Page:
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Campus Tree Canopy Grows

The tree-flanked Anderson Street entrance.

December 19, 2013

A shaded spot for an outdoor picnic or study session has never been far away on DePauw’s campus. Over the next few decades, finding one will only get easier.

By the end of 2013, 180 new trees will have been planted as part of projects associated with the University’s Campus Master Plan, while the next phases of construction call for at least 115 more.

“We are making a conscious effort to reforest the campus canopy as new projects happen,” says Assistant Director of Facilities Management Robert “Rob” A. Harper, who oversees the University’s grounds and landscaping. “We know that trees take time to grow and that we have an aging population, especially around East College.”

Many of the new trees line the campus pathways leading to and from historic East College, including the new Anderson Street entrance to the University, flanked by 52 triumph elms. 

Combined, the new and planned trees represent a significant increase since 2009, when Vine and Branch Arborists and Horticulture Consultants cataloged some 920 trees on DePauw's grounds. With previous tree plantings having occurred on an as-needed basis, the new additions to the campus canopy may be the largest planting in the University's 176-year history.

The effort was nationally recognized in February when DePauw was named a Tree Campus USA for the first time by the Arbor Day Foundation. Tree Campus USA is a national program created in 2008 to honor colleges and universities for effective campus forest management and for engaging staff and students in conservation goals. DePauw achieved the title by meeting Tree Campus USA’s five standards, which include maintaining a tree advisory committee, a campus tree-care plan, dedicated annual expenditures toward trees, an Arbor Day observance and student service-learning projects.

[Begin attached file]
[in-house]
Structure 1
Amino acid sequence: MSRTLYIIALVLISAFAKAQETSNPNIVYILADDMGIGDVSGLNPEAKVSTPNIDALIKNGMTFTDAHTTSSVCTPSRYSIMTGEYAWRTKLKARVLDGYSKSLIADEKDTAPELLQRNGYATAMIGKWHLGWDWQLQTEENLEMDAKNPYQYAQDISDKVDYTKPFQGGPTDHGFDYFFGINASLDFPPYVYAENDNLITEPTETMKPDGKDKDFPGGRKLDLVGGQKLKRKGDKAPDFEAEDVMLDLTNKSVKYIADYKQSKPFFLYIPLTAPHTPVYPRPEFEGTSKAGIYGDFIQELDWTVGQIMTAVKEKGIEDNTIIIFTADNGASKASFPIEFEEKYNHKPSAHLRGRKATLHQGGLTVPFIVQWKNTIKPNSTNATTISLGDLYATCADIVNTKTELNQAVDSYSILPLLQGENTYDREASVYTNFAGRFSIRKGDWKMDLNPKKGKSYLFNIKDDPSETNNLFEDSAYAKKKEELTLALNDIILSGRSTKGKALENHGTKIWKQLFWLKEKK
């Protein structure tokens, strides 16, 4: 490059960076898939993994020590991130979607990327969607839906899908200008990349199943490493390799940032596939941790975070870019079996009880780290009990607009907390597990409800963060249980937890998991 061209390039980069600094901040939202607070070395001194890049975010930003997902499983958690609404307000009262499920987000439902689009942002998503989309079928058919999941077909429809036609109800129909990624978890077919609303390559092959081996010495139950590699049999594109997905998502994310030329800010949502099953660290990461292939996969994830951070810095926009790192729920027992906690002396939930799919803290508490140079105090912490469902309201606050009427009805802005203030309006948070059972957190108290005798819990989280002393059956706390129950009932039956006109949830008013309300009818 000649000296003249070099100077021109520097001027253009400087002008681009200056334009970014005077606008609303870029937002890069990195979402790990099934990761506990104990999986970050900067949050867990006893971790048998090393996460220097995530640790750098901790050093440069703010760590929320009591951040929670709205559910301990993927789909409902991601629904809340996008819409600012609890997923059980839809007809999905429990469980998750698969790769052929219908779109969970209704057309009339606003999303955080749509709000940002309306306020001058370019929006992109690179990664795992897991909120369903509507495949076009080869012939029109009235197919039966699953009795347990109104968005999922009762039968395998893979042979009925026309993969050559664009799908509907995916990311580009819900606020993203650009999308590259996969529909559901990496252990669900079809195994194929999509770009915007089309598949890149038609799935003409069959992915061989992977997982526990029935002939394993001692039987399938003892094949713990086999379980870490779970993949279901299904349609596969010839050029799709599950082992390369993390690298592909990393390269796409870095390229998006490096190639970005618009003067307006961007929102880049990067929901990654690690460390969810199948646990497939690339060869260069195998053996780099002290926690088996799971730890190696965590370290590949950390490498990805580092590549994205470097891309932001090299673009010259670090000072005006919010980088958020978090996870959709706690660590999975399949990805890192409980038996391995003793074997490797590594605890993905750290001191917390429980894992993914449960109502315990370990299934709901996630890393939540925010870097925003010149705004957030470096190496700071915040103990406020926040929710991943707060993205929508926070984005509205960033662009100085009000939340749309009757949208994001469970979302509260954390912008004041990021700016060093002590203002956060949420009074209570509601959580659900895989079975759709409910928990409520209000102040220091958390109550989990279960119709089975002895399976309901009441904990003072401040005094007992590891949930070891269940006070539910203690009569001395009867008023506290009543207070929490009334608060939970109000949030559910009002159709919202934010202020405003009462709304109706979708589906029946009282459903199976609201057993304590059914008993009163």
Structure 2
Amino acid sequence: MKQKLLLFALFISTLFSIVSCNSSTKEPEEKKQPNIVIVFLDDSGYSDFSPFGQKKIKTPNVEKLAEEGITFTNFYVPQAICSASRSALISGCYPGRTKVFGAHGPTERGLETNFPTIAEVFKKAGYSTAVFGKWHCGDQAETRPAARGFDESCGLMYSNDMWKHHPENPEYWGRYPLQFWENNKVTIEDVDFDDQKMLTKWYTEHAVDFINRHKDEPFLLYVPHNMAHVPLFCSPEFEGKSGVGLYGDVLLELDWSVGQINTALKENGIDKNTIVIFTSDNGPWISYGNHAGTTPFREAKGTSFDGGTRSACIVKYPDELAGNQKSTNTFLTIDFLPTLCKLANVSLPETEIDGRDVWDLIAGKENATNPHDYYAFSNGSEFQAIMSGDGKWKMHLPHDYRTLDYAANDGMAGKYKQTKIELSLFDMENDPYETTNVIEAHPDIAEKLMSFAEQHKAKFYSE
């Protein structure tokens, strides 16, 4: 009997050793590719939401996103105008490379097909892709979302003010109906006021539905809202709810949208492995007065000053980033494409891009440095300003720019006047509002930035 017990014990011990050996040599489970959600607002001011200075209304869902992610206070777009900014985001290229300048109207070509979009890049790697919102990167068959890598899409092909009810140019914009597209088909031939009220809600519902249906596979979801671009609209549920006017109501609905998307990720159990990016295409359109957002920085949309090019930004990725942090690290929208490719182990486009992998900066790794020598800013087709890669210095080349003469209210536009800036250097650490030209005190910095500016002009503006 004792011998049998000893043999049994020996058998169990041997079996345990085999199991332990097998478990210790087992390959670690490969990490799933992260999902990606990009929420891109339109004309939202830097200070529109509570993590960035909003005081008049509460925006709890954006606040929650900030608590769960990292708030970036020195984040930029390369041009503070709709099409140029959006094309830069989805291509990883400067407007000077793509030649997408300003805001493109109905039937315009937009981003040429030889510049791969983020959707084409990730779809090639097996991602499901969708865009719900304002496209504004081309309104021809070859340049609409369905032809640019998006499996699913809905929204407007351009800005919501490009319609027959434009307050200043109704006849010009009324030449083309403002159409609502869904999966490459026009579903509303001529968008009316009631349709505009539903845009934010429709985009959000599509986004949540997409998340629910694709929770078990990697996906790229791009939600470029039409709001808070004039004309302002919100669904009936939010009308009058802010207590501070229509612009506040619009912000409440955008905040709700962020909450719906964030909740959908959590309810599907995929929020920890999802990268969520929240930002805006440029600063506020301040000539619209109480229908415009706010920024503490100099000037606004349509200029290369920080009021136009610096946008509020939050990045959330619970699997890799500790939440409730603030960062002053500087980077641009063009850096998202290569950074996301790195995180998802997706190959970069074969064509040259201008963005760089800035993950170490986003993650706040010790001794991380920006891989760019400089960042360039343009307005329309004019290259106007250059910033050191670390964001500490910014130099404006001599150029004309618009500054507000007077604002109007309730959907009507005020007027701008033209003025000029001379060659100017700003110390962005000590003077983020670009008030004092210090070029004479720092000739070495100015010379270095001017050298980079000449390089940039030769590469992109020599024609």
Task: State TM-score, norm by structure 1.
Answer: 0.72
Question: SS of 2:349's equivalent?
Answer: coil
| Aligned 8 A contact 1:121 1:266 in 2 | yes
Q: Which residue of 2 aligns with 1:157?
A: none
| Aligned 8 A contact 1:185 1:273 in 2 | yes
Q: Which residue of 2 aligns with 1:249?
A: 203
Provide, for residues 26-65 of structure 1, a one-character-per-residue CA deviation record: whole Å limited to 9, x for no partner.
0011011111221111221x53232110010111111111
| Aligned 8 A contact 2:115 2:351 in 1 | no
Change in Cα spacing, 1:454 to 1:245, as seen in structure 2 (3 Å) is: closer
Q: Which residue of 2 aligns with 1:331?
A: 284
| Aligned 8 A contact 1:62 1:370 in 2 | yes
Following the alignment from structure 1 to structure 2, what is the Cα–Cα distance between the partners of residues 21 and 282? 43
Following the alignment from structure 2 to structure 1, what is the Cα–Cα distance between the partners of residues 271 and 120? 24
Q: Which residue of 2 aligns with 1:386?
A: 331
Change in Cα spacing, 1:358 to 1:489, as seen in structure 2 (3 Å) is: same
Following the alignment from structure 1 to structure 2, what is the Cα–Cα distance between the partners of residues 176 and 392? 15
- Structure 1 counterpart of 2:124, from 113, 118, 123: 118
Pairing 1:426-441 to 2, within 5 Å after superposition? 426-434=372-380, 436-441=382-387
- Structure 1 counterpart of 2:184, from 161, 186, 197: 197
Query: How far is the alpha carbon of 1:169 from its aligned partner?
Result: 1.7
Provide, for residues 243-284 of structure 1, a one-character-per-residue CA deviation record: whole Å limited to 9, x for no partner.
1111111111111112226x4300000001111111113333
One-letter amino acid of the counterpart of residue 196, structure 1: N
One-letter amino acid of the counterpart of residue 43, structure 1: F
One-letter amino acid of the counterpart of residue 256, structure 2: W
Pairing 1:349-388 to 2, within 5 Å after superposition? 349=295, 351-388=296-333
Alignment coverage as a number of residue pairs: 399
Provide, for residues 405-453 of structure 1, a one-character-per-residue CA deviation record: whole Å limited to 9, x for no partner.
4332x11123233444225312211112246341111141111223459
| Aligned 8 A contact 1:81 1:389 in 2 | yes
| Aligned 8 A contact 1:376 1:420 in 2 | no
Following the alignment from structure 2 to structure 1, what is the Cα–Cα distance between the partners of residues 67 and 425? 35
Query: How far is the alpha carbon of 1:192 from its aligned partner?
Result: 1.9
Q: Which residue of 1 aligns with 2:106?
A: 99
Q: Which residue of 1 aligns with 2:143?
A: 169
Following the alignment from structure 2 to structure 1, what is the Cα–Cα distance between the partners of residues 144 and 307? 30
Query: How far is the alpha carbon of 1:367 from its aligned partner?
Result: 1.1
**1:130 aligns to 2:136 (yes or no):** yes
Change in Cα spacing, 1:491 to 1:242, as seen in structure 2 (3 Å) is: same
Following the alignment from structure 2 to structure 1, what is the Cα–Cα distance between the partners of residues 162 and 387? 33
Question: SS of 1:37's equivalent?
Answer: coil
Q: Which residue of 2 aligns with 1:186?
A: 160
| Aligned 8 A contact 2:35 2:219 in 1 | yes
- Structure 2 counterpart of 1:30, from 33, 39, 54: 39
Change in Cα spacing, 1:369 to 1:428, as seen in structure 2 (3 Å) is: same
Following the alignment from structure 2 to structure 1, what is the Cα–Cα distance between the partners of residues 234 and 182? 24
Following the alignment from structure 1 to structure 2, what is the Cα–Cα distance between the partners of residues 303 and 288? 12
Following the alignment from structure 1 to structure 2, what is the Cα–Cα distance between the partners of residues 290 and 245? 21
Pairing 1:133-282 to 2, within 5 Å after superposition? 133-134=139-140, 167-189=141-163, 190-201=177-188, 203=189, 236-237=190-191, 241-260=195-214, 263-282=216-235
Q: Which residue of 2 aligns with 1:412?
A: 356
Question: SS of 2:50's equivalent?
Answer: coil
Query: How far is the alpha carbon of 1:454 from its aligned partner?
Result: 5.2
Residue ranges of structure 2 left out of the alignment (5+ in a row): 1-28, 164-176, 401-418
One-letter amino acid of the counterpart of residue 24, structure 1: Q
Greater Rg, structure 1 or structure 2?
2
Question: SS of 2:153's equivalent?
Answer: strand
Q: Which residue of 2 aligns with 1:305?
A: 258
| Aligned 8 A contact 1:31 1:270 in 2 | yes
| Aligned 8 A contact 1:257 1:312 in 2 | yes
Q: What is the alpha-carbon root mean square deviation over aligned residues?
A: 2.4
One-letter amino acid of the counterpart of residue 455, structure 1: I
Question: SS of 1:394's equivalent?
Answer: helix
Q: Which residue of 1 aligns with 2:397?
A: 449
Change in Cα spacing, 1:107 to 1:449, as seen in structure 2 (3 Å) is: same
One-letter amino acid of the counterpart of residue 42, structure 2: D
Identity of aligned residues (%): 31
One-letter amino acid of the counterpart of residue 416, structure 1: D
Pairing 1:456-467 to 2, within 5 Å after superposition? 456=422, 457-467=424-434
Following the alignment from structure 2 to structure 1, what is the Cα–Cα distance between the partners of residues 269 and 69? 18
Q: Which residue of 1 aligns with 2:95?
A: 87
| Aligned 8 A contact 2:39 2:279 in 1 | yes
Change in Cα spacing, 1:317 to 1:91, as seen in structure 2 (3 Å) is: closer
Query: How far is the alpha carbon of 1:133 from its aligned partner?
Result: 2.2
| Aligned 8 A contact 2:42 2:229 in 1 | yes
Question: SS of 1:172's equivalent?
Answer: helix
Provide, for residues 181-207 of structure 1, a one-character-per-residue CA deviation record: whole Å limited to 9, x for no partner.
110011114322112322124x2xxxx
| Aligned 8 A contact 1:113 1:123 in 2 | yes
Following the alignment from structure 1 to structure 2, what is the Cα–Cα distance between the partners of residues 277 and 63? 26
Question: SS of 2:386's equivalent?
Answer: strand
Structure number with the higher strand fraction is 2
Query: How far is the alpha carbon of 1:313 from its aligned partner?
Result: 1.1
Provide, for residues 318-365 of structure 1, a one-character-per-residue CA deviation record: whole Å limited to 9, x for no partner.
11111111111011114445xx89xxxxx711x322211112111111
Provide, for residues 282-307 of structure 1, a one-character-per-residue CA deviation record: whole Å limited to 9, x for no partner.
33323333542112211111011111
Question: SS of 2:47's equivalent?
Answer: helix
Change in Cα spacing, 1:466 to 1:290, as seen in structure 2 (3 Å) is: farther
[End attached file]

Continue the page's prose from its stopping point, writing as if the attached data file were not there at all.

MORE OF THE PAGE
Of the new and planned trees, most are cultivated varieties of species indigenous to the Midwest – a mix of oaks, maples, elms and sycamores able to thrive without heavy irrigation or fertilizing. Harper says the decision to use native species was aesthetic as well as practical.

“Our goal is to maintain and develop a tree canopy befitting the typical, traditional university campus,” Harper says. “Plus, the advantage is that the plants are already accustomed to the soil structure and environment.”

One additional advantage: the new trees are another step forward on DePauw’s path to carbon neutrality. Depending on its size, a single tree is capable of absorbing dozens of pounds of carbon each year. Spread across hundreds of new plantings expected by the completion of the University’s Campus Master Plan, those off-sets will grow with the trees.

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